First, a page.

Jade clawed at the ground, letting out a guttural cry as she buried her head in the dirt. I could feel her distress in my mind, pressing against me, adding to my sense of despair.
Miguel has stolen my only friend and killed Jessica in the process, leaving me behind to suffer. I could have forced Jade to fly; to bring us to the nearby town, but I couldn’t bring myself to move her. Not while she mourned.
So I sat in the grass next to her, letting my mind wander as I stared out over the river.
For a moment, I thought about chasing after Miguel and Claire. If I forced Jade to fly, we might have had a chance of catching up to them, but it wouldn’t have changed anything.
If I hurt Miguel, I’d be breaking the Blood oath and forfeiting my life. And with Claire on his side, he’d be able to kill Jade and me with ease.
Still, Claire was one of the few good things left in this World. Miguel didn’t deserve her. I didn’t even deserve her.
Jade lifted her head from the hole in the grass and let out another cry, this one weaker than the last.
“I’m sorry, girl,” I said, patting her on the head. I knew she could feel my pain just as I felt hers.
Fraught with tension, I suddenly couldn’t bare to sit any longer. Sighing, I rolled to my feet and dipped my hand in the river, cupping water to my lips.
Relief spread throughout my limbs as I took a deep sigh and cupped more water to my lips.
Suddenly, Jade joined me, thirstily lapping water from the river.
After a while, I stood, my thirst momentarily quenched as I thought about our next move.
Jade stood before me, her alert eyes watching my every move.
“Well, girl, I think we should get moving.”
Jade impressed upon my mind an image of her flying.
“No,” I said, patting her on the head, “we’ll walk together. For now.”
Jade nuzzled her head against my hand appreciatively, letting out a sad purr.
“We’ll re-assess when we get back to the town,” I said. “I’ll think better on a full stomach.”


Miguel couldn’t help but smile as the wind whipped at his hair. He’d almost forgotten what true freedom felt like. There was no beast alive more powerful than the dragon, and he was Bonded with one once more.
Without the Bond he’d felt weak. Vulnerable. But all was right with the World. He had reclaimed his birthright as an Immortal.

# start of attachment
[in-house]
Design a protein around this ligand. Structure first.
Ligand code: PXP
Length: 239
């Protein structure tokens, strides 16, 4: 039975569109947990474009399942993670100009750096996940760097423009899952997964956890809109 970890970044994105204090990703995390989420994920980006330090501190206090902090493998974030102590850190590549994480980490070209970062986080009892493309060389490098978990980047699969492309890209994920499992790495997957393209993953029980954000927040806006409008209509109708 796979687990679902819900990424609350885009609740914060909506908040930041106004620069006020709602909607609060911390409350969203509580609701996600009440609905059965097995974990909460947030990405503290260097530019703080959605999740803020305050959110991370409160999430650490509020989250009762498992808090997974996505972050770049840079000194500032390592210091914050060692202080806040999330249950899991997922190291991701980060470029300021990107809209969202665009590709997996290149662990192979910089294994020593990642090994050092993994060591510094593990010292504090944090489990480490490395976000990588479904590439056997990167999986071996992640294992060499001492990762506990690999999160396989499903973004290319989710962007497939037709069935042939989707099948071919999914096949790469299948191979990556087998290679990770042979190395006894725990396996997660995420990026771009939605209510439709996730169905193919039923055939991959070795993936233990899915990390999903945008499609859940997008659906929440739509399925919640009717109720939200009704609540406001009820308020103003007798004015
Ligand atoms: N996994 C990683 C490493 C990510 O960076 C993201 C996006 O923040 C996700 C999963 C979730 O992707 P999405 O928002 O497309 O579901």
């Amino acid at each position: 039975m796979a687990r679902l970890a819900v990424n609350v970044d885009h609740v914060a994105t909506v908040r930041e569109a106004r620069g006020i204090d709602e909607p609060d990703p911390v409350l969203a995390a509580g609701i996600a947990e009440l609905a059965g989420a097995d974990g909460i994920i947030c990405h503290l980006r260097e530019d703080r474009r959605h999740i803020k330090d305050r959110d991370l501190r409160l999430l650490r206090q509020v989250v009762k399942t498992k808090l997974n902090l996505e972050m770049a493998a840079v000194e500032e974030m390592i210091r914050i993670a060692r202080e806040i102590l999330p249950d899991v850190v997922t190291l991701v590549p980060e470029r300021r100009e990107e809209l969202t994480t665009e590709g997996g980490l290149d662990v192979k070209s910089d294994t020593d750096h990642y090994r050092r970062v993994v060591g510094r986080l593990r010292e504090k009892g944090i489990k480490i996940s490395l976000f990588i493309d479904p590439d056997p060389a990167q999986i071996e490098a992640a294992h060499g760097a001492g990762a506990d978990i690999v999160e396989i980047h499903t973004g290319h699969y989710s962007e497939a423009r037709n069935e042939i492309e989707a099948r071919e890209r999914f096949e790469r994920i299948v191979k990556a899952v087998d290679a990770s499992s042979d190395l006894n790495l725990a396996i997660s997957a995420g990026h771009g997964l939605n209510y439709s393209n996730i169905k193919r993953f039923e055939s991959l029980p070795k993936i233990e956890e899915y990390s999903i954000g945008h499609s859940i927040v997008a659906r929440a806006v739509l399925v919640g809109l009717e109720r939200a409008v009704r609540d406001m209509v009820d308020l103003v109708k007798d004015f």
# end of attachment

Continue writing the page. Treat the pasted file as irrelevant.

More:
The land below them was barely discernible through the clouds. They were flying higher and faster than a lion ever could. Thinking about that fact only increased the satisfaction he got from killing Jessica. She wasn’t worthy to be Bonded to him. Only the dragon.
Images flashed across Miguel’s mind, impressed on him by Claire. She imagined spinning in the air just as he felt her muscles tighten beneath him.
“No,” he said firmly, frowning. Then she imagined chewing on his flesh. “No.” Then, dragging him underground. “No. Fly.”
She obeyed, her muscles loosening as she continued her course through the air. It seemed he’d have to teach her obedience.
For good measure, he once again impressed upon her mind an image of the little town nestled in the mountains.
“We don’t stop until we get there,” he yelled. “Then we can both have lunch.”

I think we’re at a good spot in the story to talk about what it really takes to be a writer.

When I was studying creative writing, one of the very first lessons was that WRITING IS A SKILL.

And that means no matter how bad you think you are at writing, you can get better. What it takes is PRACTICE. And not bad practice. Bad practice merely reinforces bad writing. It takes GOOD PRACTICE to be a good writer.

Yes, it may come more easily to some, but for someone, anyone, who truly wants to be a good writer, it’s possible. All you have to do is learn and practice and keep practicing even when you don’t feel like it. Because that’s the second lesson I learned:


Don’t worry about being perfect. That’s what editing is for. Just finish your story and you’ve already put yourself in the top 10% of writers. (I made that number up, but it’s something like that)

But for real, most people never finish. Be the one that finishes. Be the one that cares enough to sacrifice for your story. It doesn’t have to be good. Not at first. 

One of my favorite pieces of information I heard early on was that, on average, an author’s first 5 books they write will be utterly unreadable. Seriously. Unreadable. And yet that 6th story… that can change everything. It might take 5 novels’ worth of writing to get there, but trust me, you can get there. 

So just write the way you write. Finish the story. Then go back and fix it. Then write something else, finish it, and go back and fix that. And eventually, it’ll be so ingrained in you that you’ll be able to write so well the first time around that you can just immediately post the chapter without editing it at all! (Not suggested, but it’s what I’m currently doing)

I’ll address editing soon and how to go about that process. But for now, if you really want to be a writer, then you have to practice. Don’t distract yourself with videos. Don’t seize up with fear or indecision. Just write and keep writing. 

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